2
$\begingroup$

I took a look at Wikipedia's page for Proxima Centauri b, the exoplanet that orbits Proxima Centauri, where it is said it is expected to receive 2000 times of stellar wind pressures than on Earth.

It does not say anything about Proxima b having a magnetic field, but I found this paper where a magnetic field for the planet is predicted:

In our simulations, most Proxima b analogues develop intrinsic dynamos that last for 4 Gyr (the estimated age of the host star). If alive, the dynamo of Proxima b have a dipole moment . These results are not restricted to Proxima b but they also apply to earth-like planets having similar observed properties.

My question is if an Earth-like magnetic field, if Proxima b has one, could protect life as it does on Earth, or, conversely, habitability could not be possible due to stellar wind.


Jorge I.Zuluaga, Sebastian Bustamante (2018): "Magnetic properties of Proxima Centauri b analogues". Planetary and Space Science. Volume 152, March 2018, Pages 55-67

$\endgroup$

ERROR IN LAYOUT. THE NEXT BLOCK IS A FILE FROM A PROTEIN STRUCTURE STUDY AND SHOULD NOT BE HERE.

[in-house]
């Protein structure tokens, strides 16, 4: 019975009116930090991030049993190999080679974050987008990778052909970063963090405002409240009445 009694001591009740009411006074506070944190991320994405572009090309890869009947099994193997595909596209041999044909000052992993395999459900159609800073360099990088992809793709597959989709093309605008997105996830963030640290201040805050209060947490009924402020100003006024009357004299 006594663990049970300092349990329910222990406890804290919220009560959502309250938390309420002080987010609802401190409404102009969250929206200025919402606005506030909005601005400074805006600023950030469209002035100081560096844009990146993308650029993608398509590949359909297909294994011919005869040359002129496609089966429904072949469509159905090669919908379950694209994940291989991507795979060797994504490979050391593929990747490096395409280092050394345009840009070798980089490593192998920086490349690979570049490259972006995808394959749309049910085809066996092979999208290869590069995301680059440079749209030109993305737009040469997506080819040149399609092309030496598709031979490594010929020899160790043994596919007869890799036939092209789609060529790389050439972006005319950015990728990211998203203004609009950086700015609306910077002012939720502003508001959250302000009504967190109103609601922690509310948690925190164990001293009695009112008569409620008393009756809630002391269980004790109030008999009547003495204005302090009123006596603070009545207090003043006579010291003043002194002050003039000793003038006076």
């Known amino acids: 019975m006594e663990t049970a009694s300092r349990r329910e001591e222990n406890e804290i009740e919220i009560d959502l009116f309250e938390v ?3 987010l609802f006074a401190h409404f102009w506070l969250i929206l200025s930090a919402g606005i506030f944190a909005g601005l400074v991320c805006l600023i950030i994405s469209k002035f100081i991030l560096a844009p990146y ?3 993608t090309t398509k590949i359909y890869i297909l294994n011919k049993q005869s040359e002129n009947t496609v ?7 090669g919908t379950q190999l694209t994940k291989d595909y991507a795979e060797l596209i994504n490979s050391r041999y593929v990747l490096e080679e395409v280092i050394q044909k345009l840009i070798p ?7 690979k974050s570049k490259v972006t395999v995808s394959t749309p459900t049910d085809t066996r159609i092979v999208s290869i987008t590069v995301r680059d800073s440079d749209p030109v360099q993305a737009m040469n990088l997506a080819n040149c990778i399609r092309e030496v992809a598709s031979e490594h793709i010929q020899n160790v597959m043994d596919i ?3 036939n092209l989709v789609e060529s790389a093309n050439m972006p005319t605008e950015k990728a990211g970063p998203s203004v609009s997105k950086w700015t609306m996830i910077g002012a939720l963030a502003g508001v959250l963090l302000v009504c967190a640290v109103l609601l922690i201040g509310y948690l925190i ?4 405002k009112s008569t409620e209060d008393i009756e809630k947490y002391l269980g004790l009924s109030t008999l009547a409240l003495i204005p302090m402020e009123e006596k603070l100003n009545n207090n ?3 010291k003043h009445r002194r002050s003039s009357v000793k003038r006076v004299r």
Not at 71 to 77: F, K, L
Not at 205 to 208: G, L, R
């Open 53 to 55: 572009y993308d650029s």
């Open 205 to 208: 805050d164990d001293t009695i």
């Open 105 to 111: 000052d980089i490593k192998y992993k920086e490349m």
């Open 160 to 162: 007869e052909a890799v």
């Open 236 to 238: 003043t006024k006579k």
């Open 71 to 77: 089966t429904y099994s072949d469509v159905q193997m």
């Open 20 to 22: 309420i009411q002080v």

• 1
    $\begingroup$ The problem here is "define life". We've only one planet to go by and there's no reason to assume differently based life cannot develop in quite different conditions. We can't even say that an atmosphere is a requirement for life. $\endgroup$ – StephenG May 21 '19 at 14:02
  • $\begingroup$ Would this work better on the Worldbuilding Stack Exchange? $\endgroup$ – Cloudy7 May 21 '19 at 21:58
3
$\begingroup$

According to Garcia-Sage et al. (2017) "On the Magnetic Protection of the Atmosphere of Proxima Centauri b", who assume that Proxima b has a magnetic field strength identical to the Earth, the situation does not look promising:

With an O+ and H+ escape at 1600 km altitude of 4.2×109 cm−2 s−1 as found for thermospheric densities of 3×T, the total mass-loss rate is 4.3×105 g s−1 over the dayside hemisphere. Using a total atmospheric mass of 5×1018 kg (Trenberth & Smith 2005) results in a loss of the entire mass of the atmosphere over 365 million years.

(T is the thermosphere temperature of the Earth)

They go on to note that Proxima would have had higher EUV and X-ray emission in the past, which would have made things worse. Ongoing outgassing of volatiles might be possible to create habitable conditions but the resultant situation would be very different from the Earth.

| improve this answer | |
$\endgroup$

Your Answer

By clicking “Post Your Answer”, you agree to our terms of service, privacy policy and cookie policy